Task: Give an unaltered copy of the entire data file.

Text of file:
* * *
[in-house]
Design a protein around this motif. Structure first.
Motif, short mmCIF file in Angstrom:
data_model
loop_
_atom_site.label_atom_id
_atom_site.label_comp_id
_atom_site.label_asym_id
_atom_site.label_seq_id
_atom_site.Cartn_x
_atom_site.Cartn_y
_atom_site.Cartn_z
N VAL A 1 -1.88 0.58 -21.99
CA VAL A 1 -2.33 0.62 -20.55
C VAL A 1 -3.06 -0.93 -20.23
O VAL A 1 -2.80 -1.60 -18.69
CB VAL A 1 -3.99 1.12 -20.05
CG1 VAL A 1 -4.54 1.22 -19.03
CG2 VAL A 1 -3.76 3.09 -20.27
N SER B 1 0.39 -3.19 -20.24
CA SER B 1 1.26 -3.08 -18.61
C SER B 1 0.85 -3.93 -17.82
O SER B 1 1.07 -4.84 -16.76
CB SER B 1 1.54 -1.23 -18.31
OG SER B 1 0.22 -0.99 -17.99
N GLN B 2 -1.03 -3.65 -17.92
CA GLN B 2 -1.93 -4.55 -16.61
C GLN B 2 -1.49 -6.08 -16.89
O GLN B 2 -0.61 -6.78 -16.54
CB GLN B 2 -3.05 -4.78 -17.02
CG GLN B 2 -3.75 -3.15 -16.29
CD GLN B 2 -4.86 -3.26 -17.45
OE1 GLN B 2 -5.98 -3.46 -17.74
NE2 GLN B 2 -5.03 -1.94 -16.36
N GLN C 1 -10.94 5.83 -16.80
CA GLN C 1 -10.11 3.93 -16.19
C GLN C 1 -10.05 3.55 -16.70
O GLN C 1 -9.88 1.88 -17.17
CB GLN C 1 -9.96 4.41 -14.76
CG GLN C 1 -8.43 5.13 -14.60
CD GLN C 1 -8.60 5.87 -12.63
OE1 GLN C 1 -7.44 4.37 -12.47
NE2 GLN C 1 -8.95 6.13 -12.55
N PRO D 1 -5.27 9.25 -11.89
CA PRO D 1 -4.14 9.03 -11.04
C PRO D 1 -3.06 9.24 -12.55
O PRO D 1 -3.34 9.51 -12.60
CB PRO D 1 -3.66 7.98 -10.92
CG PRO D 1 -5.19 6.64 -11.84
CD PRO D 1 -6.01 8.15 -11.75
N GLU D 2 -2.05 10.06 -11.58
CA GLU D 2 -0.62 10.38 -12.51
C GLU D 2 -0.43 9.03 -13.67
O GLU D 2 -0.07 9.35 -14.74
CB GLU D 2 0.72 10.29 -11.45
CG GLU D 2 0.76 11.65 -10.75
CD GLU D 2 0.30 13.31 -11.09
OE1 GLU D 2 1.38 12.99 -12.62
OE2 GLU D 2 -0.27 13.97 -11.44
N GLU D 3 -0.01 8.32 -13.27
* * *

[in-house]
Design a protein around this motif. Structure first.
Motif, short mmCIF file in Angstrom:
data_model
loop_
_atom_site.label_atom_id
_atom_site.label_comp_id
_atom_site.label_asym_id
_atom_site.label_seq_id
_atom_site.Cartn_x
_atom_site.Cartn_y
_atom_site.Cartn_z
N VAL A 1 -1.88 0.58 -21.99
CA VAL A 1 -2.33 0.62 -20.55
C VAL A 1 -3.06 -0.93 -20.23
O VAL A 1 -2.80 -1.60 -18.69
CB VAL A 1 -3.99 1.12 -20.05
CG1 VAL A 1 -4.54 1.22 -19.03
CG2 VAL A 1 -3.76 3.09 -20.27
N SER B 1 0.39 -3.19 -20.24
CA SER B 1 1.26 -3.08 -18.61
C SER B 1 0.85 -3.93 -17.82
O SER B 1 1.07 -4.84 -16.76
CB SER B 1 1.54 -1.23 -18.31
OG SER B 1 0.22 -0.99 -17.99
N GLN B 2 -1.03 -3.65 -17.92
CA GLN B 2 -1.93 -4.55 -16.61
C GLN B 2 -1.49 -6.08 -16.89
O GLN B 2 -0.61 -6.78 -16.54
CB GLN B 2 -3.05 -4.78 -17.02
CG GLN B 2 -3.75 -3.15 -16.29
CD GLN B 2 -4.86 -3.26 -17.45
OE1 GLN B 2 -5.98 -3.46 -17.74
NE2 GLN B 2 -5.03 -1.94 -16.36
N GLN C 1 -10.94 5.83 -16.80
CA GLN C 1 -10.11 3.93 -16.19
C GLN C 1 -10.05 3.55 -16.70
O GLN C 1 -9.88 1.88 -17.17
CB GLN C 1 -9.96 4.41 -14.76
CG GLN C 1 -8.43 5.13 -14.60
CD GLN C 1 -8.60 5.87 -12.63
OE1 GLN C 1 -7.44 4.37 -12.47
NE2 GLN C 1 -8.95 6.13 -12.55
N PRO D 1 -5.27 9.25 -11.89
CA PRO D 1 -4.14 9.03 -11.04
C PRO D 1 -3.06 9.24 -12.55
O PRO D 1 -3.34 9.51 -12.60
CB PRO D 1 -3.66 7.98 -10.92
CG PRO D 1 -5.19 6.64 -11.84
CD PRO D 1 -6.01 8.15 -11.75
N GLU D 2 -2.05 10.06 -11.58
CA GLU D 2 -0.62 10.38 -12.51
C GLU D 2 -0.43 9.03 -13.67
O GLU D 2 -0.07 9.35 -14.74
CB GLU D 2 0.72 10.29 -11.45
CG GLU D 2 0.76 11.65 -10.75
CD GLU D 2 0.30 13.31 -11.09
OE1 GLU D 2 1.38 12.99 -12.62
OE2 GLU D 2 -0.27 13.97 -11.44
N GLU D 3 -0.01 8.32 -13.27